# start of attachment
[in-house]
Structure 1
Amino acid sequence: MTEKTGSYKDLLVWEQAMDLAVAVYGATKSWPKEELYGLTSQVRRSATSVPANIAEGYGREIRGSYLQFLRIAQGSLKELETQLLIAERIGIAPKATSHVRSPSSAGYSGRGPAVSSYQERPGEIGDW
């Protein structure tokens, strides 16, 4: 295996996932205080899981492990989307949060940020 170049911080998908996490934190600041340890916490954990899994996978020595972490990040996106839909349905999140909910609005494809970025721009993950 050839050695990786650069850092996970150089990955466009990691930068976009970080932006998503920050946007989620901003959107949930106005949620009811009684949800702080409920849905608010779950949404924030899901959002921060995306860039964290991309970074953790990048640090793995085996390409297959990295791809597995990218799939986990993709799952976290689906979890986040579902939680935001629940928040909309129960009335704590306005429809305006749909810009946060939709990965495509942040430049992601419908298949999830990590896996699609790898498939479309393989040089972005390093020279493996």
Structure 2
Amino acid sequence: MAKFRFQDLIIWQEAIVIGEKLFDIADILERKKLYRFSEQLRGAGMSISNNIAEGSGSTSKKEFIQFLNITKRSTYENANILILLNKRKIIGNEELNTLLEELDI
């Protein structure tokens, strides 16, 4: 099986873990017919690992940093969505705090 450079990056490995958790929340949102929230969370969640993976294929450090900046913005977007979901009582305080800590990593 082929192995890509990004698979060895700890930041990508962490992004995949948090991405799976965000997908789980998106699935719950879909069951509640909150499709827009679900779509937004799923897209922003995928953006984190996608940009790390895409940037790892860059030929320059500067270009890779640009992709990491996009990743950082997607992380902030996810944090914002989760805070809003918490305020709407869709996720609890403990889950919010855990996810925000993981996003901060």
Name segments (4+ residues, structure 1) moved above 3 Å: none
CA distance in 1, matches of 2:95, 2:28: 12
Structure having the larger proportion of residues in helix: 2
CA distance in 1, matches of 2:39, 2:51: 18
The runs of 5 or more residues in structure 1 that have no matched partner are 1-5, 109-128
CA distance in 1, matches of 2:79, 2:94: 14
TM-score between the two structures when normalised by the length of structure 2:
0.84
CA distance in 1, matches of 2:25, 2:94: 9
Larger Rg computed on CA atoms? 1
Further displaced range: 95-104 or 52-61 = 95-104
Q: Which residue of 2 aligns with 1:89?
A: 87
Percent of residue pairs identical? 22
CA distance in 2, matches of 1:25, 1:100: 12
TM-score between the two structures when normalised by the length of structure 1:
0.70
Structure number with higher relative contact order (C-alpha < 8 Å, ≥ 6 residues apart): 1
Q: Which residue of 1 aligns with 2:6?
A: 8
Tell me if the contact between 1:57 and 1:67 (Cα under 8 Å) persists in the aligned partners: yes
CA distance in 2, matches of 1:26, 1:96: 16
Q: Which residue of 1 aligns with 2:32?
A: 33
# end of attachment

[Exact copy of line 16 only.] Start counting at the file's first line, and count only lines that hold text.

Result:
CA distance in 1, matches of 2:25, 2:94: 9